Wow, have just read the best book! The Society of Timid Souls: Or, How to be Brave by Polly Morland (Profile Books) is fascinating, a work of popular psychology that is a well-researched, beautifully written exploration of courage and bravery.
Morland is intrigued by how difficult it is to define what these virtues consist of, and how elusive they are. Many of the people she talks to don’t think of themselves as courageous and there are different opinions on whether either can be taught or learnt. From the woman who stepped between a ravening Rottweiler and a baby, the soldier who disobeyed a direct order and rescued a fallen comrade, the professor who as a young man joined in the freedom rides and sit-ins of the civil rights struggle in the southern United States, to the firefighter who confronted a would-be suicide bomber on the London Underground, none of them seem to think of themselves as brave, or sometimes even as having made a conscious choice to behave as they did.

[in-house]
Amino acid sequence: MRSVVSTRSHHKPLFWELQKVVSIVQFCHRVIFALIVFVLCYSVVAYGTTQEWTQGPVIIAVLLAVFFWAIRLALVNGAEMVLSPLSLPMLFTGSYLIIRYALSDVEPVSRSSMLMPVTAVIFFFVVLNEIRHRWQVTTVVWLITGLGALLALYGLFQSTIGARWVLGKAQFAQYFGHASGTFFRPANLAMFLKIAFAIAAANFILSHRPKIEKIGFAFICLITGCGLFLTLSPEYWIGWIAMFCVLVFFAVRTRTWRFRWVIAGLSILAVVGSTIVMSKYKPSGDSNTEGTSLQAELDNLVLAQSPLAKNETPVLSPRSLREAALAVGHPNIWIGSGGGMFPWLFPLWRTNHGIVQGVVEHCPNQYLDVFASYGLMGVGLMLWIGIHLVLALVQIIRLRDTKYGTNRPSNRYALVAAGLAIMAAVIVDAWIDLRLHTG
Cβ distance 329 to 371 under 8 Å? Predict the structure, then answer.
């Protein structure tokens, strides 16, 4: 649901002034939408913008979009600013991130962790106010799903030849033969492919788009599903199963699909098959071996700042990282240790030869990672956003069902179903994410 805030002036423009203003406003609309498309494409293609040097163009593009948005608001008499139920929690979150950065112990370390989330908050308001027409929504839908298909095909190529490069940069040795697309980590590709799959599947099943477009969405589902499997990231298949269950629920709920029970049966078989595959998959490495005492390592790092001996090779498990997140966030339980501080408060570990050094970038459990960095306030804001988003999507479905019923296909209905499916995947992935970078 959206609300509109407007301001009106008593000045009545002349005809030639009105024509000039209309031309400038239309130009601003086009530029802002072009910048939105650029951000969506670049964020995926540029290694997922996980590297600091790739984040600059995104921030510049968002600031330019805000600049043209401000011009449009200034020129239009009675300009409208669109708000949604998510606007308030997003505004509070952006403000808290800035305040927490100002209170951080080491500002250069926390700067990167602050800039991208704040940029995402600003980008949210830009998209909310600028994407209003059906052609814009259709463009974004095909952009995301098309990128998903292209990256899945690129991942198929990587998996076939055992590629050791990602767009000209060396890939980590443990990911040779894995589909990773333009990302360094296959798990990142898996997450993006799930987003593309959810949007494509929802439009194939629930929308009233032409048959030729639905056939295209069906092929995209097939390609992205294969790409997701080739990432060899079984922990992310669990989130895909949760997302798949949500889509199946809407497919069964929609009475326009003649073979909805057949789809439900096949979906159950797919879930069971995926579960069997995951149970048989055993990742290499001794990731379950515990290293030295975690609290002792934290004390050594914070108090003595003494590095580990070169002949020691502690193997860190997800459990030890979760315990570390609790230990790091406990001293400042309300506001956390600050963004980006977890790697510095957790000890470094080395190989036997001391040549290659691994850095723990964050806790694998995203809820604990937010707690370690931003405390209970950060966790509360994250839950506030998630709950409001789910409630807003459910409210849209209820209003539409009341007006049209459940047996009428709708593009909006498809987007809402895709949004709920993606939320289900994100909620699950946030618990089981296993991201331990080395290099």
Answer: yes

Morland’s thoughts about these people and their actions, which we call brave and courageous, are humane, curious and wise – this was such an interesting, profound book which really tries to grapple with why we are sometimes so brave and sometimes not, and whether perhaps bravery consists of as, one hospice worker says, of just doing the next thing, which may simply be taking a breath, until there is no next thing.